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Step-by-Step Sulfur

March 8, 2014
By: Darrell Smith, Farm Journal Conservation and Machinery Editor
Photo for sulfur management story
Pale green color in the top of the plant or the whorl of the plant, along with stunted growth, indicates sulfur deficiency, explains Farm Journal Field Agronomist Ken Ferrie.  

Application methods, placement and timing depend on soil conditions in each field

Your crops will never run short of sulfur, a crucial building block of healthy plants, and you won’t waste fertilizer dollars if you follow The Fertilizer Institute’s 4Rs of Nutrient Stewardship. The 4Rs include applying the right fertilizer source at the right rate at the right time in the right place.

Of course, you won’t need to apply sulfur fertilizer if your soil already is supplying a sufficient amount and if it’s being taken up by plants, says Farm Journal Field Agronomist Ken Ferrie. Sulfur management should be based on soil testing and plant tissue analysis.

First, scout your corn fields for symptoms of sulfur deficiency. "Visual symptoms tell you to be suspicious," Ferrie says. "They include pale color, stunted growth and delayed maturity. Sulfur deficiency symptoms are similar to those for nitrogen deficiency.

"The difference is that a nitrogen deficiency shows up in the older leaves at the bottom of the plant. Sulfur deficiency shows up in new growth—the top of the plant or the whorl of corn plants. That’s because plants can move nitrogen from the old growth to the new growth, but sulfur, unlike nitrogen, is not mobile."

Be alert for sulfur deficiency on fields that have been heavily manured. "Soil phosphorus levels above 90 ppm [parts per million], often resulting from high rates of livestock manure, inhibit sulfur uptake by plants," Ferrie says.

Tissue and soil tests. If you suspect a sulfur deficiency, confirm your observations with tissue analysis and soil tests. Have plant tissue analyzed several times during the season—early, mid-season and late. To fertilize effectively, you need to know when plants are running short of sulfur, and then time applications accordingly.

Test your soil to see if there’s a sufficient supply. "Look for high, medium or low sulfur levels," Ferrie says. "Keep in mind that different laboratories use different methods to extract sulfur and have different ways of reporting the results. One lab might consider a reading of 8 ppm to 12 ppm to be medium, while another lab’s idea of medium might be 25 ppm. Don’t compare results from one laboratory to those from another unless you know both labs used the same extraction process. You can avoid confusion by staying with the same laboratory for all of your soil testing."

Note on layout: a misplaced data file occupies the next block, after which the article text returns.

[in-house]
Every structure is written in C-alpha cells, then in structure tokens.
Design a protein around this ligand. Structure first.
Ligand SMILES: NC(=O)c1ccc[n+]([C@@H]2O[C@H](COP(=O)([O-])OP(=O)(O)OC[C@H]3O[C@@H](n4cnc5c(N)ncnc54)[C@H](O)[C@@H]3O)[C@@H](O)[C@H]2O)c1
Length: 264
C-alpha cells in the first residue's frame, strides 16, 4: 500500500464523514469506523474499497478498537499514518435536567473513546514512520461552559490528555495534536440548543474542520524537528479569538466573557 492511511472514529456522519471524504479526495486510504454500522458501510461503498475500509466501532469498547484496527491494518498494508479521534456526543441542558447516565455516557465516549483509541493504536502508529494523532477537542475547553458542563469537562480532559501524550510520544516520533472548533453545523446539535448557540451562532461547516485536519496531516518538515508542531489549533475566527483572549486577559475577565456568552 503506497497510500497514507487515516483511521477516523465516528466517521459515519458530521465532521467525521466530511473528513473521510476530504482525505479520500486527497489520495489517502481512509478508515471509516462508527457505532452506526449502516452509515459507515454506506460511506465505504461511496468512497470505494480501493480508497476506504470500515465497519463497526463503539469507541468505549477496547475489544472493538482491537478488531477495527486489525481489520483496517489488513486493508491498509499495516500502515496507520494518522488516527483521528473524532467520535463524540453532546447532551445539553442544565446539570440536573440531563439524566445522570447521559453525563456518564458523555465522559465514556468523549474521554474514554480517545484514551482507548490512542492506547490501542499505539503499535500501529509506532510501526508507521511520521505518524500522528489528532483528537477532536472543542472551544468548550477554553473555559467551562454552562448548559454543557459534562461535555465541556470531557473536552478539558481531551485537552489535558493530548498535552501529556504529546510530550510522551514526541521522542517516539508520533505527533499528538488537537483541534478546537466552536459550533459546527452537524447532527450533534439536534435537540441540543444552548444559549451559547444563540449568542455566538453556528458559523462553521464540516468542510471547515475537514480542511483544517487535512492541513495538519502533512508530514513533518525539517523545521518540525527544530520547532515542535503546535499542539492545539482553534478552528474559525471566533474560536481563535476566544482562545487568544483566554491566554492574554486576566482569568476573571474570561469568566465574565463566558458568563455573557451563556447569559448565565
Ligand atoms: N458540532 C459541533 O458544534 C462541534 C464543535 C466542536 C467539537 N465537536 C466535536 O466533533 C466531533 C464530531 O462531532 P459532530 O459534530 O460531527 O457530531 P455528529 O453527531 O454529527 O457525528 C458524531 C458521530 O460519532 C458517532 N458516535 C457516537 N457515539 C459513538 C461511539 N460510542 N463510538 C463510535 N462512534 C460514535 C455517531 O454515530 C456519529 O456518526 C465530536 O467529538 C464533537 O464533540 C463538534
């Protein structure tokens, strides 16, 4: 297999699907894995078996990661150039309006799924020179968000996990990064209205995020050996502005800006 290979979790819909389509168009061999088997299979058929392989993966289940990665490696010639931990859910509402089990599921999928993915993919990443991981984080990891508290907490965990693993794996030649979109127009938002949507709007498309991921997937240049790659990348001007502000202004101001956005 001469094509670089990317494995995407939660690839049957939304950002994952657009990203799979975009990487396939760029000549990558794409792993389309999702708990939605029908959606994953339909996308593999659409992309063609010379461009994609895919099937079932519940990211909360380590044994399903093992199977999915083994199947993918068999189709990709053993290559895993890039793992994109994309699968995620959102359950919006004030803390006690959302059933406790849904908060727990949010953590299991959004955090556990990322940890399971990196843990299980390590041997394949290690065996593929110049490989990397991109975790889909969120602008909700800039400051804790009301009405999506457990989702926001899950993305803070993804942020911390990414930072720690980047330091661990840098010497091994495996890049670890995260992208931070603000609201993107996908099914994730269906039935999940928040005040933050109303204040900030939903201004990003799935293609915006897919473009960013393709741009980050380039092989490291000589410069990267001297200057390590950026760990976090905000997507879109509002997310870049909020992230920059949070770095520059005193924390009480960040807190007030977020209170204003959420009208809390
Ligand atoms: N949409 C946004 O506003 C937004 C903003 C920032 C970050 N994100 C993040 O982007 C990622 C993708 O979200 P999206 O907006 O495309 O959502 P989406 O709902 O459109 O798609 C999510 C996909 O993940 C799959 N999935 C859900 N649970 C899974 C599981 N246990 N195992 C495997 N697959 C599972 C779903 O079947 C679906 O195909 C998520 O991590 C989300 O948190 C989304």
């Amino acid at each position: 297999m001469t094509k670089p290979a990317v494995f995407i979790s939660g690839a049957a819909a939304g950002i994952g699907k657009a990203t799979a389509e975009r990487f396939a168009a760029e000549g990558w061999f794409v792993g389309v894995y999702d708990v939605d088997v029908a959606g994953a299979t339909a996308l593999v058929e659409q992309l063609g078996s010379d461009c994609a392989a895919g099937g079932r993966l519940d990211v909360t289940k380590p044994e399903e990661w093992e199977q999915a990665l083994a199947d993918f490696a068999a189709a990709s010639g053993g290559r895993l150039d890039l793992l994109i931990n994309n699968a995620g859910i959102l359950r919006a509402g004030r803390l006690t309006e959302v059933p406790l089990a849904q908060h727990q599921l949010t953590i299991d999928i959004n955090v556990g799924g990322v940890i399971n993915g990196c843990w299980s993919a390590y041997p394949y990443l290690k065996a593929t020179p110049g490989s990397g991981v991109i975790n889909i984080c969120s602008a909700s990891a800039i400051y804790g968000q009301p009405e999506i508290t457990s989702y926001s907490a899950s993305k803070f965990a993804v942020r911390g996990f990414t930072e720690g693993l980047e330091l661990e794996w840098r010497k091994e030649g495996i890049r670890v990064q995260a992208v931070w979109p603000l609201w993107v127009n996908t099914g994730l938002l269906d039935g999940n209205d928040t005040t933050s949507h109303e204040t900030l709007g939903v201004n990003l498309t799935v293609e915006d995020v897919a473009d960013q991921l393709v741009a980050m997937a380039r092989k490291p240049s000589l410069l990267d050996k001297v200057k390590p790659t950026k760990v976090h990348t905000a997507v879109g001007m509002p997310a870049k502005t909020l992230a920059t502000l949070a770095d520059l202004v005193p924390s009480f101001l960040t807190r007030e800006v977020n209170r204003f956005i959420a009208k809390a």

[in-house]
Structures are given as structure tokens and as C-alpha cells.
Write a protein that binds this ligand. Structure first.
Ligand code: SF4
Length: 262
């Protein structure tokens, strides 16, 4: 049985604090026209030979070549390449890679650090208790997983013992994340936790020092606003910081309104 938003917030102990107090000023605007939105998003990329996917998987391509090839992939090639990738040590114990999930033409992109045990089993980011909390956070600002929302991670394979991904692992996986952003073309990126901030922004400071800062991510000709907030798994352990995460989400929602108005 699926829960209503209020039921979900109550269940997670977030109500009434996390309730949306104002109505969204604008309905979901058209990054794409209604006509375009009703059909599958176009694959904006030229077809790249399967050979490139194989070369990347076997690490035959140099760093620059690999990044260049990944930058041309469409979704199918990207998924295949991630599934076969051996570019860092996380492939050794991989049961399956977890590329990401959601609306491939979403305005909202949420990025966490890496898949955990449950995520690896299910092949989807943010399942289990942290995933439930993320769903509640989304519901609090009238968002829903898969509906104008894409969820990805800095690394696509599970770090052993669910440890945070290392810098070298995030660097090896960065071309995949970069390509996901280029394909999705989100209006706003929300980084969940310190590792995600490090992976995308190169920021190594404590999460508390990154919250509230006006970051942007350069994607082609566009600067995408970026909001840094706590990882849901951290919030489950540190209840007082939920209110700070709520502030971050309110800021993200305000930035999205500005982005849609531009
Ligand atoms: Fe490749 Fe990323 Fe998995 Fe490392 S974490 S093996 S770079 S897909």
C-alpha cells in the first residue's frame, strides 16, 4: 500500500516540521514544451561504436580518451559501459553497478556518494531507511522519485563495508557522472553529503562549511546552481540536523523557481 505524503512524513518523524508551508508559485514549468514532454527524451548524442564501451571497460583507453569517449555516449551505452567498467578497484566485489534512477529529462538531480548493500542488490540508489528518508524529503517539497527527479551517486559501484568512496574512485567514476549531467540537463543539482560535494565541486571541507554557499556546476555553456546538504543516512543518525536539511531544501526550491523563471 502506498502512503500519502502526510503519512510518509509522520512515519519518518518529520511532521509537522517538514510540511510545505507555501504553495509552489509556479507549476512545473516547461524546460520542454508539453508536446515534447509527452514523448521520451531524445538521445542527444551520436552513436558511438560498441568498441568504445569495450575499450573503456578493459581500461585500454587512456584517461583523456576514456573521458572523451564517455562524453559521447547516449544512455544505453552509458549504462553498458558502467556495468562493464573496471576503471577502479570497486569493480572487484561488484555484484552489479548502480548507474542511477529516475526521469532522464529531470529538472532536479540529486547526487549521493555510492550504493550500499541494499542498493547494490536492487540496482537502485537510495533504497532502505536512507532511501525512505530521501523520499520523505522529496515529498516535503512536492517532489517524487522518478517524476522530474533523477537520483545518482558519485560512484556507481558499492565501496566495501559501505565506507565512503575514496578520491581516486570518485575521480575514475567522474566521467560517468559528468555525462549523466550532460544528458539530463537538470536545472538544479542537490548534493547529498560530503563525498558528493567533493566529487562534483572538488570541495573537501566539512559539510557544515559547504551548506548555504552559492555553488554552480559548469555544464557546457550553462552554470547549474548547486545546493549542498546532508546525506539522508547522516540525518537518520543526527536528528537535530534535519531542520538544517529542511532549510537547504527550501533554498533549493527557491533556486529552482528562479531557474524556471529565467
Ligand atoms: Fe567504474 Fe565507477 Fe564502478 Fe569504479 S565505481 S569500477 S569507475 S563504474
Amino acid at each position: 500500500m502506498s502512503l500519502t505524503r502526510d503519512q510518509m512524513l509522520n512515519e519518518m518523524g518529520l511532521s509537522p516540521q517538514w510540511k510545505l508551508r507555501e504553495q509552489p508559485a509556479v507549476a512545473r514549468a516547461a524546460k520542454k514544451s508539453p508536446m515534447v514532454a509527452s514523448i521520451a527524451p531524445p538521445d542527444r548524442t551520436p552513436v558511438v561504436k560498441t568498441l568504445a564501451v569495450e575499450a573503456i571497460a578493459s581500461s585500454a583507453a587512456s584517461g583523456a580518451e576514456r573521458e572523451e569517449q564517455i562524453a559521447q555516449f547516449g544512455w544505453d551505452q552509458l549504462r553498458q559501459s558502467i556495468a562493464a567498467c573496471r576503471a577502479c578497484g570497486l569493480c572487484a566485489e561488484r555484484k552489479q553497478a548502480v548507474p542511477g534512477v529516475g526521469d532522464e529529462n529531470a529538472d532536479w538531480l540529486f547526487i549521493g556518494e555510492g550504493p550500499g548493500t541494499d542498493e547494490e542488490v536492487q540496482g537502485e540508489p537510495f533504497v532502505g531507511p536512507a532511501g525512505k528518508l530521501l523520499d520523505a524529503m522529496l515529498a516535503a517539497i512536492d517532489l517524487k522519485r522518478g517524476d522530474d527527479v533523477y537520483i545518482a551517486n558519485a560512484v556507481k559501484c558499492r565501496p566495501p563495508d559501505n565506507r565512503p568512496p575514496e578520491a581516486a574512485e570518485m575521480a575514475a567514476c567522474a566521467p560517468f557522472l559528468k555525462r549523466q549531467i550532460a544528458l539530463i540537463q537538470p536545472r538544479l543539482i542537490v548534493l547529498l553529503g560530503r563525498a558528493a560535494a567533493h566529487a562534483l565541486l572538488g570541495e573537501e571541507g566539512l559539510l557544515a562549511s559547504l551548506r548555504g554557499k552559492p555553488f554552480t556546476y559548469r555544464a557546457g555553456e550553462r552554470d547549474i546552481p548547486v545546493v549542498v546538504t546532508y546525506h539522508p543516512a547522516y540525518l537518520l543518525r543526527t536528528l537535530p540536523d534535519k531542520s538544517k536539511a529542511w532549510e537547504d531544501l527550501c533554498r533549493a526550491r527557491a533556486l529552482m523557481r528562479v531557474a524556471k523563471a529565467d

If your soil test reveals adequate levels of sulfur but tissue tests show a deficiency, the sulfur in the soil is not getting into the plants. There could be several causes.

"Soil compaction is the first thing to look for," Ferrie says. "Other possibilities include saturated soils and cold soils, both of which impact microbial activity, and severe root pruning by insects such as rootworms. In those situations, the solutions include reduced tillage, improved drainage or pest management to enable plants to utilize the sulfur in the soil."

Soil acidity (discussed below) can also impede sulfur uptake.

The right product (sulfate versus elemental sulfur) and the correct timing, placement and rate will vary depending on the situation. "With sulfur, there’s no one-size-fits-all method of treatment," Ferrie says.


Sulfur is not mobile in the plant, so early uptake is vital to prevent stunting and shortened internodes. 

Pay the carbon penalty. If a sulfur deficiency shows up shortly after emergence, the cause might be the carbon penalty. The carbon penalty occurs when soil sulfur levels are adequate, but there is an abundant supply of old crop residue, as with continuous corn. With all that food available, microbial populations explode. Because the microbes use sulfur, they temporarily immobilize the supply in the soil. That sulfur becomes available again later, after the microbes die and decompose, but the plants experience a deficiency through six or seven growth stages.

Sulfur deficiencies early in the growing season are especially troublesome. "Plants need sulfur throughout the vegetative growth stages. Since sulfur is not mobile in the plant, early uptake is crucial. A deficiency at that time will cause stunting and shortened internodes. So be aggressive about correcting early-season deficiencies," Ferrie says.

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FEATURED IN: Farm Journal - March 2014

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